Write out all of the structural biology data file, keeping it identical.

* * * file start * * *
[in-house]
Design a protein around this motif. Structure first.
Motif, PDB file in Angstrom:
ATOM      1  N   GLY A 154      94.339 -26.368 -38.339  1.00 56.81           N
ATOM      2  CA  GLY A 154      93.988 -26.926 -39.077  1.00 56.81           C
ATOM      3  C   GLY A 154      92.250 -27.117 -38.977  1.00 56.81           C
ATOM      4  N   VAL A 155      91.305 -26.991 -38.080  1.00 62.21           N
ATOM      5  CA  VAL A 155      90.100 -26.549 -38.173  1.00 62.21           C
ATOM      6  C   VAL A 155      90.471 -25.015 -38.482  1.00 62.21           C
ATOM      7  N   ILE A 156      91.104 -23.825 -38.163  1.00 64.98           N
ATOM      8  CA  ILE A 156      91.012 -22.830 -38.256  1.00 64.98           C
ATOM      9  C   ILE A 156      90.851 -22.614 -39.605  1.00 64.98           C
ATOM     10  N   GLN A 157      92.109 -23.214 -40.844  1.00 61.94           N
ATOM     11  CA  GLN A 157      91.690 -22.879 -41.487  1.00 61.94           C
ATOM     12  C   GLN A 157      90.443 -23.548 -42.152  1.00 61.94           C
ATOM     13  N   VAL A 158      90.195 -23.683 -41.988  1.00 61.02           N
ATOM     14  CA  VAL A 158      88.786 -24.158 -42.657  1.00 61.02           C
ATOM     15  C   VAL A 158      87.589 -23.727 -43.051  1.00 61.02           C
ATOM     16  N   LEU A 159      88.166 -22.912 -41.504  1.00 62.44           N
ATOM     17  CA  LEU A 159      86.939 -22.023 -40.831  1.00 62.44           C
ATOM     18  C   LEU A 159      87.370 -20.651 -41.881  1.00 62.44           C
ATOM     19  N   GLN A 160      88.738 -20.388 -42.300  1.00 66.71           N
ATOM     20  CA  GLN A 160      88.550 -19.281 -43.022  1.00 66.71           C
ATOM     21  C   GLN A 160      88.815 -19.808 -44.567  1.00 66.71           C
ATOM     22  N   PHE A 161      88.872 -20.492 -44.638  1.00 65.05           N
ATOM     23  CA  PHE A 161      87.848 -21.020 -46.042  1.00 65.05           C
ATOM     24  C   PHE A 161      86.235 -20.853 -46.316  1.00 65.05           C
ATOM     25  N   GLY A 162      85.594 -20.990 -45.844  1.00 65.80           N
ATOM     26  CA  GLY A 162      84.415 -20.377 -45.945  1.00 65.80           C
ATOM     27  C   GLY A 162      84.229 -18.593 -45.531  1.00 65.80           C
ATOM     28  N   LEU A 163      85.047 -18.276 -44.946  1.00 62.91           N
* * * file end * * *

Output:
[in-house]
Design a protein around this motif. Structure first.
Motif, PDB file in Angstrom:
ATOM      1  N   GLY A 154      94.339 -26.368 -38.339  1.00 56.81           N
ATOM      2  CA  GLY A 154      93.988 -26.926 -39.077  1.00 56.81           C
ATOM      3  C   GLY A 154      92.250 -27.117 -38.977  1.00 56.81           C
ATOM      4  N   VAL A 155      91.305 -26.991 -38.080  1.00 62.21           N
ATOM      5  CA  VAL A 155      90.100 -26.549 -38.173  1.00 62.21           C
ATOM      6  C   VAL A 155      90.471 -25.015 -38.482  1.00 62.21           C
ATOM      7  N   ILE A 156      91.104 -23.825 -38.163  1.00 64.98           N
ATOM      8  CA  ILE A 156      91.012 -22.830 -38.256  1.00 64.98           C
ATOM      9  C   ILE A 156      90.851 -22.614 -39.605  1.00 64.98           C
ATOM     10  N   GLN A 157      92.109 -23.214 -40.844  1.00 61.94           N
ATOM     11  CA  GLN A 157      91.690 -22.879 -41.487  1.00 61.94           C
ATOM     12  C   GLN A 157      90.443 -23.548 -42.152  1.00 61.94           C
ATOM     13  N   VAL A 158      90.195 -23.683 -41.988  1.00 61.02           N
ATOM     14  CA  VAL A 158      88.786 -24.158 -42.657  1.00 61.02           C
ATOM     15  C   VAL A 158      87.589 -23.727 -43.051  1.00 61.02           C
ATOM     16  N   LEU A 159      88.166 -22.912 -41.504  1.00 62.44           N
ATOM     17  CA  LEU A 159      86.939 -22.023 -40.831  1.00 62.44           C
ATOM     18  C   LEU A 159      87.370 -20.651 -41.881  1.00 62.44           C
ATOM     19  N   GLN A 160      88.738 -20.388 -42.300  1.00 66.71           N
ATOM     20  CA  GLN A 160      88.550 -19.281 -43.022  1.00 66.71           C
ATOM     21  C   GLN A 160      88.815 -19.808 -44.567  1.00 66.71           C
ATOM     22  N   PHE A 161      88.872 -20.492 -44.638  1.00 65.05           N
ATOM     23  CA  PHE A 161      87.848 -21.020 -46.042  1.00 65.05           C
ATOM     24  C   PHE A 161      86.235 -20.853 -46.316  1.00 65.05           C
ATOM     25  N   GLY A 162      85.594 -20.990 -45.844  1.00 65.80           N
ATOM     26  CA  GLY A 162      84.415 -20.377 -45.945  1.00 65.80           C
ATOM     27  C   GLY A 162      84.229 -18.593 -45.531  1.00 65.80           C
ATOM     28  N   LEU A 163      85.047 -18.276 -44.946  1.00 62.91           N